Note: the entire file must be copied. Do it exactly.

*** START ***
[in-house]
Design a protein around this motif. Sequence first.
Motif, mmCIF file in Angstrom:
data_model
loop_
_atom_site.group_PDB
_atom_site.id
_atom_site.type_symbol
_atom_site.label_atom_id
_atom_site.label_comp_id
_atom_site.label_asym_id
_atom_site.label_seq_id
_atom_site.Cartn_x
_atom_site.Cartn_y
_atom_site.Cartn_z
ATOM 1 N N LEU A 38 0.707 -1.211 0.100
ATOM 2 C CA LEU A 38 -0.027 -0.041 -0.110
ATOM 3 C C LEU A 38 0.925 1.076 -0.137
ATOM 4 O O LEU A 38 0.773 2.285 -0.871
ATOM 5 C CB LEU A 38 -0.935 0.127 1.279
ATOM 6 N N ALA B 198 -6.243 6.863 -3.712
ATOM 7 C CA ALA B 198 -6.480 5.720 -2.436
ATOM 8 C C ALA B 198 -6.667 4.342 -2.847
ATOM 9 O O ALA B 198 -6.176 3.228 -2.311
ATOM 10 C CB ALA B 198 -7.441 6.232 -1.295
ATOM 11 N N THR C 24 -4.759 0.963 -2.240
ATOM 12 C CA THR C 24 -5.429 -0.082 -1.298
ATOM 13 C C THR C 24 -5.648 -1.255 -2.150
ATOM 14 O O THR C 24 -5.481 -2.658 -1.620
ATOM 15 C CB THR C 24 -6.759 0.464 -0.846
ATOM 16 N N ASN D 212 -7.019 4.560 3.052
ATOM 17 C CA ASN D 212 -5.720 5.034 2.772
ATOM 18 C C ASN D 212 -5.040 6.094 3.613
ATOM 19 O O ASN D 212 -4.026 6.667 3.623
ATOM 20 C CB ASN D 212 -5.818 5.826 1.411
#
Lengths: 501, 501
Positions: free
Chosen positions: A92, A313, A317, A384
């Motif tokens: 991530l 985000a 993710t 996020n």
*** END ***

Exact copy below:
[in-house]
Design a protein around this motif. Sequence first.
Motif, mmCIF file in Angstrom:
data_model
loop_
_atom_site.group_PDB
_atom_site.id
_atom_site.type_symbol
_atom_site.label_atom_id
_atom_site.label_comp_id
_atom_site.label_asym_id
_atom_site.label_seq_id
_atom_site.Cartn_x
_atom_site.Cartn_y
_atom_site.Cartn_z
ATOM 1 N N LEU A 38 0.707 -1.211 0.100
ATOM 2 C CA LEU A 38 -0.027 -0.041 -0.110
ATOM 3 C C LEU A 38 0.925 1.076 -0.137
ATOM 4 O O LEU A 38 0.773 2.285 -0.871
ATOM 5 C CB LEU A 38 -0.935 0.127 1.279
ATOM 6 N N ALA B 198 -6.243 6.863 -3.712
ATOM 7 C CA ALA B 198 -6.480 5.720 -2.436
ATOM 8 C C ALA B 198 -6.667 4.342 -2.847
ATOM 9 O O ALA B 198 -6.176 3.228 -2.311
ATOM 10 C CB ALA B 198 -7.441 6.232 -1.295
ATOM 11 N N THR C 24 -4.759 0.963 -2.240
ATOM 12 C CA THR C 24 -5.429 -0.082 -1.298
ATOM 13 C C THR C 24 -5.648 -1.255 -2.150
ATOM 14 O O THR C 24 -5.481 -2.658 -1.620
ATOM 15 C CB THR C 24 -6.759 0.464 -0.846
ATOM 16 N N ASN D 212 -7.019 4.560 3.052
ATOM 17 C CA ASN D 212 -5.720 5.034 2.772
ATOM 18 C C ASN D 212 -5.040 6.094 3.613
ATOM 19 O O ASN D 212 -4.026 6.667 3.623
ATOM 20 C CB ASN D 212 -5.818 5.826 1.411
#
Lengths: 501, 501
Positions: free
Chosen positions: A92, A313, A317, A384
């Motif tokens: 991530l 985000a 993710t 996020n």